Divorce is famously one of the most significant changes a person can go through. After years of building a life with your spouse, you have to separate yourself from everything you find familiar. Often, navigating social circles is one of the most significant challenges for divorcees. Shared friends may feel loyalty toward one spouse or the other, while separate friends may not know how to navigate the emotions that accompany a divorce.
Whether you are going through a difficult divorce or an amicable one, there are certain ways to navigate your social life following a marital change. Following appropriate behaviors and protocol is key to maintaining your dignity and poise within your social circles. These behaviors are vital, both in keeping friendships and preserving aspects of your divorce case in court. The following tips will help you navigate your social life during and following a separation and divorce.
Don’t Bad-mouth Your Ex
It will likely be tempting to vent about what is going on in your relationship. When marriages end, it often unleashes a significant amount of resentment and frustration, making gossip a natural outlet. However, this is not a good idea. Speaking ill of your ex can easily get back to their attorney, who will use the information against you in court. It could jeopardize your settlement, spousal support, and much more.
Instead of venting to mutual acquaintances, choose one or two close, personal friends or family members to lean on. Ask them if you can speak freely with them in confidence, and tell them that it is important that any information remains between the two of you. This allows you an outlet for your feelings, without as much risk. If you want to be totally safe, speak to a counselor or therapist.
Mind Your Social Media
Social media posts can have a similarly negative effect on your divorce. It is best to avoid all talk of your divorce on social media sites, whether the comments are direct or subtle. It is also important to be mindful of seemingly unrelated activities. For example, you do not want to post about lavish vacations or purchases on social media sites during a divorce. This can affect your settlement sum, and even make you ineligible for spousal support.
Photos and posts are misinterpreted in the best of times, and divorce only makes this worse. If you can, completely logging out of social media is the best thing you can do.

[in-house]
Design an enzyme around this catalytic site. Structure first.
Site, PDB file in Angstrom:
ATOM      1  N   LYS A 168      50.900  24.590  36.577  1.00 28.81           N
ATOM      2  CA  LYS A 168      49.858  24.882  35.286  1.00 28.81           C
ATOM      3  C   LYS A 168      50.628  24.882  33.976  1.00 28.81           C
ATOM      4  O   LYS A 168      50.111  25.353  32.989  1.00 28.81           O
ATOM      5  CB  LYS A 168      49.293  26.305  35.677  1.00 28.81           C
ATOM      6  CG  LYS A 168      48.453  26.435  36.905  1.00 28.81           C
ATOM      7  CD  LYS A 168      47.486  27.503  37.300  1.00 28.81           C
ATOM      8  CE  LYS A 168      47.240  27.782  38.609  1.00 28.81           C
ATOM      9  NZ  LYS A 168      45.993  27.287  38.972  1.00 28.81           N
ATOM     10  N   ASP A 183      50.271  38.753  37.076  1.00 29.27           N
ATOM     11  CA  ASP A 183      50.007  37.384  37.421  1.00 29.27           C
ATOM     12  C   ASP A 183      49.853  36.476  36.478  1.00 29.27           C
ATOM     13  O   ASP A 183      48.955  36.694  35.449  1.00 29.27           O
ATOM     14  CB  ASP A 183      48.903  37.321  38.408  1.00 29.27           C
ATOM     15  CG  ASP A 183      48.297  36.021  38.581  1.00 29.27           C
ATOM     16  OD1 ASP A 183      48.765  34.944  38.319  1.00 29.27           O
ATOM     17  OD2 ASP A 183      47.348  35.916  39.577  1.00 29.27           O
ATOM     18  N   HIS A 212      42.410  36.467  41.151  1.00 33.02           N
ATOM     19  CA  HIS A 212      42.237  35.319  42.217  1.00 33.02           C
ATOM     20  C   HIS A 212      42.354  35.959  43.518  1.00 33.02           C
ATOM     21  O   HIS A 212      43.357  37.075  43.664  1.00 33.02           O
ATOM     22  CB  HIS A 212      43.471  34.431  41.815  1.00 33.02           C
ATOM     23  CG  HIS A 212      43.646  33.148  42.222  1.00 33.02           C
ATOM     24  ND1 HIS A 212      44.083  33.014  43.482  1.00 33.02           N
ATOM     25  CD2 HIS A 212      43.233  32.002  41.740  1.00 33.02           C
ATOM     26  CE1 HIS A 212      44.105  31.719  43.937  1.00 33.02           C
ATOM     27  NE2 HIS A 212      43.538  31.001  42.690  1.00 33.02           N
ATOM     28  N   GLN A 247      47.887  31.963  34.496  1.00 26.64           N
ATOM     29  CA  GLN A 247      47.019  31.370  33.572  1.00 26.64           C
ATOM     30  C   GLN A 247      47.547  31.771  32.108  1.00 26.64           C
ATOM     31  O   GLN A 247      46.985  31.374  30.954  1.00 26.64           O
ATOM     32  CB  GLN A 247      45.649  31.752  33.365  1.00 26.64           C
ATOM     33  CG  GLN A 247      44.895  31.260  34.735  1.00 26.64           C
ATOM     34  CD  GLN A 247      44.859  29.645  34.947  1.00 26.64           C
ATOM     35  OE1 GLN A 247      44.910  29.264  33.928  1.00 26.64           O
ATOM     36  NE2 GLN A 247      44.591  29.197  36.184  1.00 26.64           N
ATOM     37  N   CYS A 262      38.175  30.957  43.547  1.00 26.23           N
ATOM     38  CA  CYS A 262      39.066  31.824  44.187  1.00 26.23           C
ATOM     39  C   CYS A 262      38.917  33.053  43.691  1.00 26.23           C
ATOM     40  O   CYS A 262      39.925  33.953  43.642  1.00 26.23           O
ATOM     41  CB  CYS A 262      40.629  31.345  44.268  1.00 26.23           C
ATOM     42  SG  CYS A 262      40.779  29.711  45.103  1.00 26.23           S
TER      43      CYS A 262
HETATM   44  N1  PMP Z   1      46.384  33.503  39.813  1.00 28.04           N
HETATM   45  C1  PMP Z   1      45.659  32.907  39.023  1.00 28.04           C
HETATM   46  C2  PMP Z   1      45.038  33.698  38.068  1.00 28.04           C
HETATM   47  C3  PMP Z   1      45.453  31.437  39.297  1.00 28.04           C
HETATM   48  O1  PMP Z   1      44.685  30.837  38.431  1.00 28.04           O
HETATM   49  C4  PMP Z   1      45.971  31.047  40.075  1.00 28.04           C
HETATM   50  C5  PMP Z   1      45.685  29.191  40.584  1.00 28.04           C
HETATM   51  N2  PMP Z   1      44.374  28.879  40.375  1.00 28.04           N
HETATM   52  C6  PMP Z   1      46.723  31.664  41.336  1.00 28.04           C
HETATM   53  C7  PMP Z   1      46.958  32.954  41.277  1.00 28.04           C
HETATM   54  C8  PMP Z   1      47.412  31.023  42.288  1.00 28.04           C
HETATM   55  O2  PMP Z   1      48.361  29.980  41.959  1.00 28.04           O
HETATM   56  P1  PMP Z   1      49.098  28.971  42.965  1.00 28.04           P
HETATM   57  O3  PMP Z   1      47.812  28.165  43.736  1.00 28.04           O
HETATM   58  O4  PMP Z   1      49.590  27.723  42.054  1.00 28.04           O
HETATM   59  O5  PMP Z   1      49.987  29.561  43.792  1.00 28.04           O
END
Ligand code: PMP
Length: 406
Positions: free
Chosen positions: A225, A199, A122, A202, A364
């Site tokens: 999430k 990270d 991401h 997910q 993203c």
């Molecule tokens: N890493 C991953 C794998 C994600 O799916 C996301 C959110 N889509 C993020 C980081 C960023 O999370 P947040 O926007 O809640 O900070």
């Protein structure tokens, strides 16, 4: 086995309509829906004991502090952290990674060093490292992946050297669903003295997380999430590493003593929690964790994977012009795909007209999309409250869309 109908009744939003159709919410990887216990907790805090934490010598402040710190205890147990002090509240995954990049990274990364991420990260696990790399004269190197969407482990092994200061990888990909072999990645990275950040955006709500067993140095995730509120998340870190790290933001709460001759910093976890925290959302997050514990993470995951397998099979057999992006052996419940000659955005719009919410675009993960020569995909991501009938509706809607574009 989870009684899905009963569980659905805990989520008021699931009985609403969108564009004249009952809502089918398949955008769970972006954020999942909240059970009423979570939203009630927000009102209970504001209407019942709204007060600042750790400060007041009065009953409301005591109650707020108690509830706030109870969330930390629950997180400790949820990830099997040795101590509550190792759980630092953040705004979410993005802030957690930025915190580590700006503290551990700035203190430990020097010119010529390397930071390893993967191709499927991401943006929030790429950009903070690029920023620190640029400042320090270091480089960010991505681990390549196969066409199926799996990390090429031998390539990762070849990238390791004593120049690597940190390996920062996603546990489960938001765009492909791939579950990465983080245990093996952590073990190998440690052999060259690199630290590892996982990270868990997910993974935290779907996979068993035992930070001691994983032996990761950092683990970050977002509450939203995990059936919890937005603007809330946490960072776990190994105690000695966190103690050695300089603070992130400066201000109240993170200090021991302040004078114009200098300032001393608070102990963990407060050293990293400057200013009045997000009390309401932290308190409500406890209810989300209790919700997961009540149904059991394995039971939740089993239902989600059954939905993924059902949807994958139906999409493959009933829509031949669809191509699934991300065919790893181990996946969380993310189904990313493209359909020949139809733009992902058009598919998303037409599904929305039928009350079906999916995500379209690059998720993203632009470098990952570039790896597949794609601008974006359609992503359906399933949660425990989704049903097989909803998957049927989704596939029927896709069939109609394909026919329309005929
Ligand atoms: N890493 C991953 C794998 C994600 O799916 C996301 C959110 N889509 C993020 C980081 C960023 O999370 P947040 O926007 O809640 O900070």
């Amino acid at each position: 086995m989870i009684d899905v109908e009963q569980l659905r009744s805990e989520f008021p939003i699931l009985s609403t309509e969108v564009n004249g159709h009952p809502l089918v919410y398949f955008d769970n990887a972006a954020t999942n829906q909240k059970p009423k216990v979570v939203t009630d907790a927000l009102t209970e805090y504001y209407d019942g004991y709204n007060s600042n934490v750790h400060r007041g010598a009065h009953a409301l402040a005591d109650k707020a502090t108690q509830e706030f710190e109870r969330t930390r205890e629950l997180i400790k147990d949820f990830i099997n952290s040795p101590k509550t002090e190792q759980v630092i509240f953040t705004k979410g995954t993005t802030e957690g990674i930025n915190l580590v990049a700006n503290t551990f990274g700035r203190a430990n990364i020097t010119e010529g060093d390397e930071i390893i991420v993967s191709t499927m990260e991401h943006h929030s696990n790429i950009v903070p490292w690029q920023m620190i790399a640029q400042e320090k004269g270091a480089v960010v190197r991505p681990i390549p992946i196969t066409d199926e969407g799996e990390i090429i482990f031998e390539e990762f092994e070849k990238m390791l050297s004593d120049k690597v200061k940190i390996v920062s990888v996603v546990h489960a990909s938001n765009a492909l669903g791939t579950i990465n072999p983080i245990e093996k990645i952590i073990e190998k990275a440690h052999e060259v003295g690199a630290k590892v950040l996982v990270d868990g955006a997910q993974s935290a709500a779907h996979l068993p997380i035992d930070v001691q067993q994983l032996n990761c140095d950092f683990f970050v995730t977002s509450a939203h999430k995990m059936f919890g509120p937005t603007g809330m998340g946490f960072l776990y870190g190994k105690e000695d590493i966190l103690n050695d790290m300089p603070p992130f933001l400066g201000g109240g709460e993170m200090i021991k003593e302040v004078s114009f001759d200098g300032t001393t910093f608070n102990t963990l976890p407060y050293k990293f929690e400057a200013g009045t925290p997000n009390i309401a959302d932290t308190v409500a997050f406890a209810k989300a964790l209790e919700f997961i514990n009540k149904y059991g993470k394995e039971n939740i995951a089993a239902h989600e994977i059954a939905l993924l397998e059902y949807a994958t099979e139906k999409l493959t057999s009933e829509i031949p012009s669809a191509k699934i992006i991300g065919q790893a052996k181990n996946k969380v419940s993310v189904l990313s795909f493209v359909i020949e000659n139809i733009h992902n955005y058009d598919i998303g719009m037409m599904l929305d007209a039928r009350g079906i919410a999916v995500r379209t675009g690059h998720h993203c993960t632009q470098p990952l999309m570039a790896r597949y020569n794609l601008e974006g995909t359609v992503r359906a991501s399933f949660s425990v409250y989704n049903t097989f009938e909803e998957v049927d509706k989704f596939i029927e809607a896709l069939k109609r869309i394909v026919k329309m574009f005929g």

Talk To Your Ex
Though it may be uncomfortable or painful, it can be helpful to speak with your spouse about your shared social circles. Communicate any boundaries you may have about seeing them in public, and what is okay to share with friends once the divorce is finalized. For example, you may decide together that you will send one another a heads-up text before bringing a new significant other to a social function. Or perhaps you will decide that you do not want to share details of infidelity with friends when discussing the divorce.
These simple boundaries can make a significant difference. They often allow couples to continue to enjoy shared social circles with minimized awkwardness and increased respect.
Make An Effort With Your Friends
Divorce takes a lot of emotional energy, not to mention time and concentration. Despite this, it is important to make an effort to see friends during this time. Try to connect with close friends, and make an effort to discuss topics other than your divorce. This often helps to deepen relationships, and assure your friends that you still want to spend time with them even if you and your spouse are no longer together. Stick to the boundaries you created with your ex, and put in effort with both shared and individual friend groups.
Leave the House
For your personal well-being, make sure you leave the house when you socialize. Though it may be tempting to invite friends to your home for drinks and appetizers, it is important that you begin to build a new life outside of your home and relationship status. This will have the same effect and will help you to see that there is more to life than what you are losing in your divorce.
If your ex says or does something that is out of line, rude, offensive, or hurtful, try not to retaliate against them. Though you may want to, fighting back will only make things worse for you, especially in a social context. For example, if a friend tells you that your ex has been talking about your personal flaws in a public setting, you may be tempted to do the same. However, remaining dignified is always a good thing in divorce scenarios. It also preserves friendships and can help keep situations from feeling awkward.
Accept That Things Will Change
You probably won’t be able to continue your social life in the exact same way as you did when you were married, and that’s okay. It is important to accept the changes, and try to navigate your new social landscape with dignity and respect. Some friends may fall away, but it is best to understand that divorce simply has this effect. Make an effort with friends and family who are present and supportive, and try not to make issues with those who would rather not see you anymore.
Contact Stange Law
For many years, our team at Stange Law has been helping couples to navigate divorce in a respectable, understanding way. We understand how challenging it can be to navigate your social life after a divorce, and we do everything in our power to empower our clients with tips and tricks to make the transition easier. Our legal advice is reliable and sound, and you can rest easy knowing that we are giving you appropriate information. Whether you are navigating a contentious divorce or have split amicably, we are here to support and guide you through the legal side of the divorce process.
For more information on our services, our staff, and our service areas, or to schedule a consultation, please contact us via our website today.